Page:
The one thing that always makes the holidays joyful is family traditions. According to Pew Research, however, it seems that millennials are choosing to move away from the manner in which previous generations celebrated this festive time of year. Many in the younger generation are choosing to enjoy their Christmas TreesUpside down. No one can identify when the trend began, but on November 22, a tree standing on its head was revealed when the London Hotel Del Coronado unveiled its holiday decor. The credit for this interesting sight goes to designer, Karl Lagerfeld.

The hotel staff described the tree as a silver stalactite. It can be purchased at Target for $1,000.

Millennials are doing the holiday their way

Most millennials are probably not going to invest $1,000 in an upside-down Christmas tree so it's likely that there are cheaper versions to be had. This change from the status quo, however, is catching on with their generation according to Pew Research. A good question would be; why the choice to flip a tree and change a tradition that has been around for centuries? For some folk, anything upside down raises eyebrows because, in a lot of the paranormal television shows, evil spirits turn crosses and religious relics downside up to make their presence known.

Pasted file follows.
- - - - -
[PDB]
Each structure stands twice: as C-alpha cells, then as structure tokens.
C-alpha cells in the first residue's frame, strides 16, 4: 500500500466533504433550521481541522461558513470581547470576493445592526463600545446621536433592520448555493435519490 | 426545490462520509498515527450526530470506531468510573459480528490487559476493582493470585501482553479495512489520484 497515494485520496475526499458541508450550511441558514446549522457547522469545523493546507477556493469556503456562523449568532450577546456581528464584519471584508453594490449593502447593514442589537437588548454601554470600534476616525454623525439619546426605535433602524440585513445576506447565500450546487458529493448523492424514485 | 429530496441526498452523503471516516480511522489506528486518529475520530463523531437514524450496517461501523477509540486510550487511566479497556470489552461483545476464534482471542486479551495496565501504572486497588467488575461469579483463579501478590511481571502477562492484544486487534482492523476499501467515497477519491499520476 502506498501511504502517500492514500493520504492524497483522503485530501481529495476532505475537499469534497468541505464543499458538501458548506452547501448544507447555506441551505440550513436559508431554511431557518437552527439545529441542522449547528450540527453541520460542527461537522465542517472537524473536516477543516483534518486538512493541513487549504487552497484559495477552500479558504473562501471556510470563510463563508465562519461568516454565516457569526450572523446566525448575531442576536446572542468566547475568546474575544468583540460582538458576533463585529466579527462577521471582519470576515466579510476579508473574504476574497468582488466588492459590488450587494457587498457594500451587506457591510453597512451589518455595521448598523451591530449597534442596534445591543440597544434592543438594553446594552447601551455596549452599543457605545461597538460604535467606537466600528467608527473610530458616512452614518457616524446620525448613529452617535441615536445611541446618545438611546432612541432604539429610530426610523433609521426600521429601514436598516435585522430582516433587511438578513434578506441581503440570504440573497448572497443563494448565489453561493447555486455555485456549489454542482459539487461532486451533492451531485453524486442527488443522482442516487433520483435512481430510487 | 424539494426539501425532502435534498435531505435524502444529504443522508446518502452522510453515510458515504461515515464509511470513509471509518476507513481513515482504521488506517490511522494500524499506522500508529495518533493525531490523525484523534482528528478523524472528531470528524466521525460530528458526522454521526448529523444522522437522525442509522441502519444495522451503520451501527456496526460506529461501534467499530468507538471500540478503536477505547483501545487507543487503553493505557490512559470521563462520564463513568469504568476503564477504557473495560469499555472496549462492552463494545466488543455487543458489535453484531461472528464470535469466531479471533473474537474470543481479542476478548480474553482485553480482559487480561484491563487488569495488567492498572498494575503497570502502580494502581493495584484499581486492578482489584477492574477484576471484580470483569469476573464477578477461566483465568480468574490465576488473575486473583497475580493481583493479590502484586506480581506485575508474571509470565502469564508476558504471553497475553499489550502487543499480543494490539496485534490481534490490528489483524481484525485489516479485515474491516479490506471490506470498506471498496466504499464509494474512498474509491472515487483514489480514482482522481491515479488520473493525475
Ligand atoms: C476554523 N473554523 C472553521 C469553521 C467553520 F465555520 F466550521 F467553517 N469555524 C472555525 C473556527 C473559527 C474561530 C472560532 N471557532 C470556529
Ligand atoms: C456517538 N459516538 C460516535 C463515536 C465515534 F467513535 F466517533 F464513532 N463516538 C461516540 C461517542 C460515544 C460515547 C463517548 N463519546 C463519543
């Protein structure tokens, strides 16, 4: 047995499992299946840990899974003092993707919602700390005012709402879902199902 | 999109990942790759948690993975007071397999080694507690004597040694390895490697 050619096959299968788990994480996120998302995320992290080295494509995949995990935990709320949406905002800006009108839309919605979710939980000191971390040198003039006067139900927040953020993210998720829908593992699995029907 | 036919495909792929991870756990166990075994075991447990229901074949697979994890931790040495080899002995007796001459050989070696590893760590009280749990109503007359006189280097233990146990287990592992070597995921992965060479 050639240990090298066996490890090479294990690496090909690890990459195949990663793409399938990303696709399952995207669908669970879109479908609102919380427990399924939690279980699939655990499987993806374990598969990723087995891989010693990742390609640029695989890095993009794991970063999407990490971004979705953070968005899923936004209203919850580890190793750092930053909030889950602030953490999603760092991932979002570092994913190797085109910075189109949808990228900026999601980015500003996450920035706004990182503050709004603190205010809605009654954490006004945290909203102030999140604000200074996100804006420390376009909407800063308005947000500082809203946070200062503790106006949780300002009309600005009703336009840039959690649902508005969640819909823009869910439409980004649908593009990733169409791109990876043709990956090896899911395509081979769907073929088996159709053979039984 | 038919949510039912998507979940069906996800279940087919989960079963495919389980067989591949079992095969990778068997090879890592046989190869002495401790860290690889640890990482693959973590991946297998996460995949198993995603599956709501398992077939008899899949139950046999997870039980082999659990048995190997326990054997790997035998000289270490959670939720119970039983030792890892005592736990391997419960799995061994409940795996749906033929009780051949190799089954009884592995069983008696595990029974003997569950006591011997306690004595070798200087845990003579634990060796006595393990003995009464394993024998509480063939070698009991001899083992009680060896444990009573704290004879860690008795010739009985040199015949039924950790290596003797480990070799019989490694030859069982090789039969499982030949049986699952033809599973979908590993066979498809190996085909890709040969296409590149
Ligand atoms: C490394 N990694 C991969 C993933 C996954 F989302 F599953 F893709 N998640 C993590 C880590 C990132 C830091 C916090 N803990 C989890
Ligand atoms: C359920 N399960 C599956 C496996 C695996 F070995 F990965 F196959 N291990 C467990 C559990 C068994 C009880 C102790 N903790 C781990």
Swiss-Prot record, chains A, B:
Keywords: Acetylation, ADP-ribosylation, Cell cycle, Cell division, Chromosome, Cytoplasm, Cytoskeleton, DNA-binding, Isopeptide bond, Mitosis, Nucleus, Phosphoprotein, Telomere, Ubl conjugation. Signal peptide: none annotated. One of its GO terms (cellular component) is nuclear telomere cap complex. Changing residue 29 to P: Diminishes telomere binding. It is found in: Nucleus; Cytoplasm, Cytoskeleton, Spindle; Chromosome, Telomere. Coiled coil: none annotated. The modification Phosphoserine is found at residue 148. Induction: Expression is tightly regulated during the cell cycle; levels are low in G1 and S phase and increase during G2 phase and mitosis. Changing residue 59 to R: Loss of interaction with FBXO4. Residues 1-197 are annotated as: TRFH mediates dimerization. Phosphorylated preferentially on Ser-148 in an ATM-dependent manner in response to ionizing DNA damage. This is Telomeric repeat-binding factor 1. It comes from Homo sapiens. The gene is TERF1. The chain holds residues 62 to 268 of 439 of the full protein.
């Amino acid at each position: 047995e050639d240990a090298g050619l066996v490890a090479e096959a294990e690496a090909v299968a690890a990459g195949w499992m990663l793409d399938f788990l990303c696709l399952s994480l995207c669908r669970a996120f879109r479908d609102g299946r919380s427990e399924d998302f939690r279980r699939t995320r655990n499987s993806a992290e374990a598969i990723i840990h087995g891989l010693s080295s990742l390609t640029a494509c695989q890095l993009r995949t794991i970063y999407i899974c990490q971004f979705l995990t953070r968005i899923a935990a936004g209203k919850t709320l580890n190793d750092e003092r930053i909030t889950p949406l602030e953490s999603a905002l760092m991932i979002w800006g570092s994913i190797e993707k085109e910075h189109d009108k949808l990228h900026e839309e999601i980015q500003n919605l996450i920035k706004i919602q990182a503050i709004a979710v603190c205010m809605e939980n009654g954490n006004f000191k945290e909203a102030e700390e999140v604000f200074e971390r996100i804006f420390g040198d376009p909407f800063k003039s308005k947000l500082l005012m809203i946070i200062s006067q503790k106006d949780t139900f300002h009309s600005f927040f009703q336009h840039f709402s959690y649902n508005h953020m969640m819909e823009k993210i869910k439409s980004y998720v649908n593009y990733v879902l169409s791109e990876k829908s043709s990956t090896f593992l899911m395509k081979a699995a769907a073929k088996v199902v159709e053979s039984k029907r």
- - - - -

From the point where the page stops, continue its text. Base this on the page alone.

It seems Millennials are wanting to throw away many traditions and do things their own way, but Christmas trees that stand on their heads are probably only enjoying their 15 minutes of fame. Although a tree that was downside up appeared in season two of "Stranger Things" it is not believed that this popular television show has anything to do with this present fad.

The website, Hayneedle, is selling these top side down trees and has been visited more than 100,000 times, so there is interest.

Upside down trees were actually used in the middle ages

For those who believe a downside up Christmas tree is sacrilegious, history tells us that this type of tree was actually used in the middle ages and was supposed to represent the Holy Trinity.

Even so, with many Millennials turning their backs on traditional religion, it's not a stretch to imagine that a group is using this trend to protest the faith of their fathers.

Whatever the reason, upside down trees, are popular in 2017 and may still be in the future. They will more than likely, however, end up like the aluminum Christmas trees of the early 1970's. These were pretty trendy, but only that, and they only lasted for a few holiday seasons. One thing that will probably never go out of style is the use of live trees and trying to decorate one of those standing on its head might be close to impossible.